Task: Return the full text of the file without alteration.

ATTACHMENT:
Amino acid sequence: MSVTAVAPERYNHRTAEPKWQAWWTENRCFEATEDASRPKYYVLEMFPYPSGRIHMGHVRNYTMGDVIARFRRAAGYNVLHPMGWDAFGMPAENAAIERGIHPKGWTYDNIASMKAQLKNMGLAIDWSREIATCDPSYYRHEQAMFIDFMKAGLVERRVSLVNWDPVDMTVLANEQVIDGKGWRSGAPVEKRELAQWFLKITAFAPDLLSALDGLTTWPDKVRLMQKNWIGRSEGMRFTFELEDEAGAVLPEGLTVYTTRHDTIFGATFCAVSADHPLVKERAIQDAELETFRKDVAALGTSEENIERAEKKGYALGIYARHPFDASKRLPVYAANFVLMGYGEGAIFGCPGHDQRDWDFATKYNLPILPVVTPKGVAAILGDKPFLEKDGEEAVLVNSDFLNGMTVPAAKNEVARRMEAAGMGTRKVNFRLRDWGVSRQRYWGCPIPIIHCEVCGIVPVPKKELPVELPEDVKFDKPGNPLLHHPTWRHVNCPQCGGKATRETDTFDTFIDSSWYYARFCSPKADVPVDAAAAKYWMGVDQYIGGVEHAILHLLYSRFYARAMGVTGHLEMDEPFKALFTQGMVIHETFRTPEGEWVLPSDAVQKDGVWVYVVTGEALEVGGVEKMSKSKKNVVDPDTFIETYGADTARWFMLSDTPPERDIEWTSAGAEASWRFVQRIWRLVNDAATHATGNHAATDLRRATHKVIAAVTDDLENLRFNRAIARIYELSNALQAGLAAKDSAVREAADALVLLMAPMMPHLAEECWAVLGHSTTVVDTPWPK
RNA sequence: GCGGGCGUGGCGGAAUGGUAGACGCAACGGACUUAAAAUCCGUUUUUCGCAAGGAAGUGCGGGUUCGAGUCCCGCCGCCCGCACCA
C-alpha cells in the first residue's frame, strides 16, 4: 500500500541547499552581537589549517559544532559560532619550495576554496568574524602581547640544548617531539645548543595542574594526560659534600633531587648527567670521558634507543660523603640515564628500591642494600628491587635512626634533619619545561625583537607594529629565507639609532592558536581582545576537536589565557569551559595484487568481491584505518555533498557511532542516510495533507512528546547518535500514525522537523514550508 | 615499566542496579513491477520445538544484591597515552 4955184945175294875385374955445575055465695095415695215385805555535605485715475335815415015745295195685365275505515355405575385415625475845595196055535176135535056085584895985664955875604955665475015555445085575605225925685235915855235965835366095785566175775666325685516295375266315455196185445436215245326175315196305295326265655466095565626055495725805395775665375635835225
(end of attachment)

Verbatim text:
Amino acid sequence: MSVTAVAPERYNHRTAEPKWQAWWTENRCFEATEDASRPKYYVLEMFPYPSGRIHMGHVRNYTMGDVIARFRRAAGYNVLHPMGWDAFGMPAENAAIERGIHPKGWTYDNIASMKAQLKNMGLAIDWSREIATCDPSYYRHEQAMFIDFMKAGLVERRVSLVNWDPVDMTVLANEQVIDGKGWRSGAPVEKRELAQWFLKITAFAPDLLSALDGLTTWPDKVRLMQKNWIGRSEGMRFTFELEDEAGAVLPEGLTVYTTRHDTIFGATFCAVSADHPLVKERAIQDAELETFRKDVAALGTSEENIERAEKKGYALGIYARHPFDASKRLPVYAANFVLMGYGEGAIFGCPGHDQRDWDFATKYNLPILPVVTPKGVAAILGDKPFLEKDGEEAVLVNSDFLNGMTVPAAKNEVARRMEAAGMGTRKVNFRLRDWGVSRQRYWGCPIPIIHCEVCGIVPVPKKELPVELPEDVKFDKPGNPLLHHPTWRHVNCPQCGGKATRETDTFDTFIDSSWYYARFCSPKADVPVDAAAAKYWMGVDQYIGGVEHAILHLLYSRFYARAMGVTGHLEMDEPFKALFTQGMVIHETFRTPEGEWVLPSDAVQKDGVWVYVVTGEALEVGGVEKMSKSKKNVVDPDTFIETYGADTARWFMLSDTPPERDIEWTSAGAEASWRFVQRIWRLVNDAATHATGNHAATDLRRATHKVIAAVTDDLENLRFNRAIARIYELSNALQAGLAAKDSAVREAADALVLLMAPMMPHLAEECWAVLGHSTTVVDTPWPK
RNA sequence: GCGGGCGUGGCGGAAUGGUAGACGCAACGGACUUAAAAUCCGUUUUUCGCAAGGAAGUGCGGGUUCGAGUCCCGCCGCCCGCACCA
C-alpha cells in the first residue's frame, strides 16, 4: 500500500541547499552581537589549517559544532559560532619550495576554496568574524602581547640544548617531539645548543595542574594526560659534600633531587648527567670521558634507543660523603640515564628500591642494600628491587635512626634533619619545561625583537607594529629565507639609532592558536581582545576537536589565557569551559595484487568481491584505518555533498557511532542516510495533507512528546547518535500514525522537523514550508 | 615499566542496579513491477520445538544484591597515552 4955184945175294875385374955445575055465695095415695215385805555535605485715475335815415015745295195685365275505515355405575385415625475845595196055535176135535056085584895985664955875604955665475015555445085575605225925685235915855235965835366095785566175775666325685516295375266315455196185445436215245326175315196305295326265655466095565626055495725805395775665375635835225